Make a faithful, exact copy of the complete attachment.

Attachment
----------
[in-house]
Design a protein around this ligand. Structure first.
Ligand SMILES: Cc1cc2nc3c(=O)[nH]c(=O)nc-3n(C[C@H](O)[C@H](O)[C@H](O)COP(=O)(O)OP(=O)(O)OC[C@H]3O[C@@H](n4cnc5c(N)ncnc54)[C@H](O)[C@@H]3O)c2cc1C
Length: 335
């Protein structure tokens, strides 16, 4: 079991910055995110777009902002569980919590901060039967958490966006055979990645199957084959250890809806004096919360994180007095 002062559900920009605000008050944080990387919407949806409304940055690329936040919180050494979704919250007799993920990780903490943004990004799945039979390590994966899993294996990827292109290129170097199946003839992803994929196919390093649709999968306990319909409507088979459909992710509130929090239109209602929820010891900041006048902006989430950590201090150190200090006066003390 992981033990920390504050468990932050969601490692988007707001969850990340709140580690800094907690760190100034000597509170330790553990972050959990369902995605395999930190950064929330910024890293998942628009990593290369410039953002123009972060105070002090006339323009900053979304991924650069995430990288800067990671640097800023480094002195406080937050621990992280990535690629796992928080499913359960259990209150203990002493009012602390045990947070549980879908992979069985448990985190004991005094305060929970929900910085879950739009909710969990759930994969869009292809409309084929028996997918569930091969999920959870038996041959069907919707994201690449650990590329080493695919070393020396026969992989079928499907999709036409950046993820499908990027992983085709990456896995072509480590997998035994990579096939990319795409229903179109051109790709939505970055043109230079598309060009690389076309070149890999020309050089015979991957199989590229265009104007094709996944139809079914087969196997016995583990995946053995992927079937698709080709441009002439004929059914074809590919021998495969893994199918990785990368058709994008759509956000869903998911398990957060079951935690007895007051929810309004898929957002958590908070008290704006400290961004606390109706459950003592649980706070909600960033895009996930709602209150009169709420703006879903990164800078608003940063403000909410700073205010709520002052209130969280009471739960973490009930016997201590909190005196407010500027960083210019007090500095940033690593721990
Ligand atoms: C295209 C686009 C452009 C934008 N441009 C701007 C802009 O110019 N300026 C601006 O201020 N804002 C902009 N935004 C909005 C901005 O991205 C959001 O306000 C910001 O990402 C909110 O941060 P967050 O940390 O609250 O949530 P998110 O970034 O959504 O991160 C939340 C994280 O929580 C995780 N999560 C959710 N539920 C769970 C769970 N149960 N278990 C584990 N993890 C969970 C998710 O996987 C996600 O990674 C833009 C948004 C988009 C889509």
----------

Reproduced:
[in-house]
Design a protein around this ligand. Structure first.
Ligand SMILES: Cc1cc2nc3c(=O)[nH]c(=O)nc-3n(C[C@H](O)[C@H](O)[C@H](O)COP(=O)(O)OP(=O)(O)OC[C@H]3O[C@@H](n4cnc5c(N)ncnc54)[C@H](O)[C@@H]3O)c2cc1C
Length: 335
């Protein structure tokens, strides 16, 4: 079991910055995110777009902002569980919590901060039967958490966006055979990645199957084959250890809806004096919360994180007095 002062559900920009605000008050944080990387919407949806409304940055690329936040919180050494979704919250007799993920990780903490943004990004799945039979390590994966899993294996990827292109290129170097199946003839992803994929196919390093649709999968306990319909409507088979459909992710509130929090239109209602929820010891900041006048902006989430950590201090150190200090006066003390 992981033990920390504050468990932050969601490692988007707001969850990340709140580690800094907690760190100034000597509170330790553990972050959990369902995605395999930190950064929330910024890293998942628009990593290369410039953002123009972060105070002090006339323009900053979304991924650069995430990288800067990671640097800023480094002195406080937050621990992280990535690629796992928080499913359960259990209150203990002493009012602390045990947070549980879908992979069985448990985190004991005094305060929970929900910085879950739009909710969990759930994969869009292809409309084929028996997918569930091969999920959870038996041959069907919707994201690449650990590329080493695919070393020396026969992989079928499907999709036409950046993820499908990027992983085709990456896995072509480590997998035994990579096939990319795409229903179109051109790709939505970055043109230079598309060009690389076309070149890999020309050089015979991957199989590229265009104007094709996944139809079914087969196997016995583990995946053995992927079937698709080709441009002439004929059914074809590919021998495969893994199918990785990368058709994008759509956000869903998911398990957060079951935690007895007051929810309004898929957002958590908070008290704006400290961004606390109706459950003592649980706070909600960033895009996930709602209150009169709420703006879903990164800078608003940063403000909410700073205010709520002052209130969280009471739960973490009930016997201590909190005196407010500027960083210019007090500095940033690593721990
Ligand atoms: C295209 C686009 C452009 C934008 N441009 C701007 C802009 O110019 N300026 C601006 O201020 N804002 C902009 N935004 C909005 C901005 O991205 C959001 O306000 C910001 O990402 C909110 O941060 P967050 O940390 O609250 O949530 P998110 O970034 O959504 O991160 C939340 C994280 O929580 C995780 N999560 C959710 N539920 C769970 C769970 N149960 N278990 C584990 N993890 C969970 C998710 O996987 C996600 O990674 C833009 C948004 C988009 C889509």